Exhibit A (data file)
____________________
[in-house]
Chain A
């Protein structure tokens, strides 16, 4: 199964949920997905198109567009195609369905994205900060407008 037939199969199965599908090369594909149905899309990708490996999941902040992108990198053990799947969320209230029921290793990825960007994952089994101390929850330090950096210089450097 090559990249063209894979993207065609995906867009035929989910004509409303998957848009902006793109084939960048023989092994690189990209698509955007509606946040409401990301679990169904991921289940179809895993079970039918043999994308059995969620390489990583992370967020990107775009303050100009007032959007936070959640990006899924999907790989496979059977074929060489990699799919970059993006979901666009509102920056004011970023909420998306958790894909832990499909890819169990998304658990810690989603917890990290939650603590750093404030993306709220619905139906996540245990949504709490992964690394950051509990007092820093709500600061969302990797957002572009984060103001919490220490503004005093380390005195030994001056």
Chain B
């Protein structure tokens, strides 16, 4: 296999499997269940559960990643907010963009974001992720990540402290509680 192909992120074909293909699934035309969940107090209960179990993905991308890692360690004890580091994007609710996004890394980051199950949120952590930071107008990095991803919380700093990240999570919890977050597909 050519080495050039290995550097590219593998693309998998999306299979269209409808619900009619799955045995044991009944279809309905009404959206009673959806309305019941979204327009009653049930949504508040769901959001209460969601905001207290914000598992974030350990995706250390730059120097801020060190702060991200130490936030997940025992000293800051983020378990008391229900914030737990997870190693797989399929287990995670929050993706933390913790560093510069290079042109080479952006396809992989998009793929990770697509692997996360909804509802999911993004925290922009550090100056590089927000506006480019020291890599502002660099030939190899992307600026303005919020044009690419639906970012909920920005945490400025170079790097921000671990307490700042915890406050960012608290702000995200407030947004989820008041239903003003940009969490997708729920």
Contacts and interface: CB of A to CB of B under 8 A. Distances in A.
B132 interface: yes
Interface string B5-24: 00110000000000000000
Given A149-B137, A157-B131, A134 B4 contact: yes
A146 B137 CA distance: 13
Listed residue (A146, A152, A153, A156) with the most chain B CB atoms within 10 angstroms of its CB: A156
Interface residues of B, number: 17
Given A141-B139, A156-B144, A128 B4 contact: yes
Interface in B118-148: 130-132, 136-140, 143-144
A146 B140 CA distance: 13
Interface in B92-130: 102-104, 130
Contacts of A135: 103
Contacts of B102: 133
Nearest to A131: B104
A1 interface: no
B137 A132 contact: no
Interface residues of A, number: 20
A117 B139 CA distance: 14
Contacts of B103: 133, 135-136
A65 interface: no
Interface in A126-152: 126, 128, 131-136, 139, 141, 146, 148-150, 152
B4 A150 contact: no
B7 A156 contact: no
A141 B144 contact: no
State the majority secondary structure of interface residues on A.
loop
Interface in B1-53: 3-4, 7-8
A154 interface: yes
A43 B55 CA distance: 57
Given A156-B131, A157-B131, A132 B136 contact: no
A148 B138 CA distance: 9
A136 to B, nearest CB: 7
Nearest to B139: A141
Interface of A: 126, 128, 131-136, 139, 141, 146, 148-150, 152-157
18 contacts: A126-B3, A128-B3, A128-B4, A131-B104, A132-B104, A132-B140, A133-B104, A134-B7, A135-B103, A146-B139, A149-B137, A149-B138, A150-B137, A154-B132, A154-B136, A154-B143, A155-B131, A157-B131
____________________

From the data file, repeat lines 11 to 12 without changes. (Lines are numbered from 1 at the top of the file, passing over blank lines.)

Listed residue (A146, A152, A153, A156) with the most chain B CB atoms within 10 angstroms of its CB: A156
Interface residues of B, number: 17